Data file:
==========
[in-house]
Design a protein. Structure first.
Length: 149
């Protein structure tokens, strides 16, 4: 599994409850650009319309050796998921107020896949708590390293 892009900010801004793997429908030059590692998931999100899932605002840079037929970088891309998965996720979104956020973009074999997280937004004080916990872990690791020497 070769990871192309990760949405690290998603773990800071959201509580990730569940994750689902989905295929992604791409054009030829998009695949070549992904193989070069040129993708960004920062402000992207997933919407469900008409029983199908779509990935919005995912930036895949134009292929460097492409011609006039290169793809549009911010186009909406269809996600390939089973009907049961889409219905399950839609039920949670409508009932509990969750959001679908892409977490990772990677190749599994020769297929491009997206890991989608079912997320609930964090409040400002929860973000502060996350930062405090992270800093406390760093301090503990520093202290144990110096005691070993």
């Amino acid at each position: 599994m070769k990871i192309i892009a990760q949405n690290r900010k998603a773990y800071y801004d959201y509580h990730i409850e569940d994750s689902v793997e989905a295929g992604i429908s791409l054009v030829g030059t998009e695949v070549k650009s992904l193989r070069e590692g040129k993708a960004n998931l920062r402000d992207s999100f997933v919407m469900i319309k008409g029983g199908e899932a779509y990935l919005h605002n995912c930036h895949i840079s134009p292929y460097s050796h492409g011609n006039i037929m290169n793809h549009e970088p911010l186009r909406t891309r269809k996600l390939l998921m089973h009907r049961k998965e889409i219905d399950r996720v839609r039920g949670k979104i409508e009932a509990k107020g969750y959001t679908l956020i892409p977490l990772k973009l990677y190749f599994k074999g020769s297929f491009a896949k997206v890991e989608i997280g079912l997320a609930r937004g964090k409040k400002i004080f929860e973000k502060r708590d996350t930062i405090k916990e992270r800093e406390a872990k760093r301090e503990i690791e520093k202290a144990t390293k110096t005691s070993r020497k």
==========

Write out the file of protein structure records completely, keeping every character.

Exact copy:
[in-house]
Design a protein. Structure first.
Length: 149
């Protein structure tokens, strides 16, 4: 599994409850650009319309050796998921107020896949708590390293 892009900010801004793997429908030059590692998931999100899932605002840079037929970088891309998965996720979104956020973009074999997280937004004080916990872990690791020497 070769990871192309990760949405690290998603773990800071959201509580990730569940994750689902989905295929992604791409054009030829998009695949070549992904193989070069040129993708960004920062402000992207997933919407469900008409029983199908779509990935919005995912930036895949134009292929460097492409011609006039290169793809549009911010186009909406269809996600390939089973009907049961889409219905399950839609039920949670409508009932509990969750959001679908892409977490990772990677190749599994020769297929491009997206890991989608079912997320609930964090409040400002929860973000502060996350930062405090992270800093406390760093301090503990520093202290144990110096005691070993």
């Amino acid at each position: 599994m070769k990871i192309i892009a990760q949405n690290r900010k998603a773990y800071y801004d959201y509580h990730i409850e569940d994750s689902v793997e989905a295929g992604i429908s791409l054009v030829g030059t998009e695949v070549k650009s992904l193989r070069e590692g040129k993708a960004n998931l920062r402000d992207s999100f997933v919407m469900i319309k008409g029983g199908e899932a779509y990935l919005h605002n995912c930036h895949i840079s134009p292929y460097s050796h492409g011609n006039i037929m290169n793809h549009e970088p911010l186009r909406t891309r269809k996600l390939l998921m089973h009907r049961k998965e889409i219905d399950r996720v839609r039920g949670k979104i409508e009932a509990k107020g969750y959001t679908l956020i892409p977490l990772k973009l990677y190749f599994k074999g020769s297929f491009a896949k997206v890991e989608i997280g079912l997320a609930r937004g964090k409040k400002i004080f929860e973000k502060r708590d996350t930062i405090k916990e992270r800093e406390a872990k760093r301090e503990i690791e520093k202290a144990t390293k110096t005691s070993r020497k």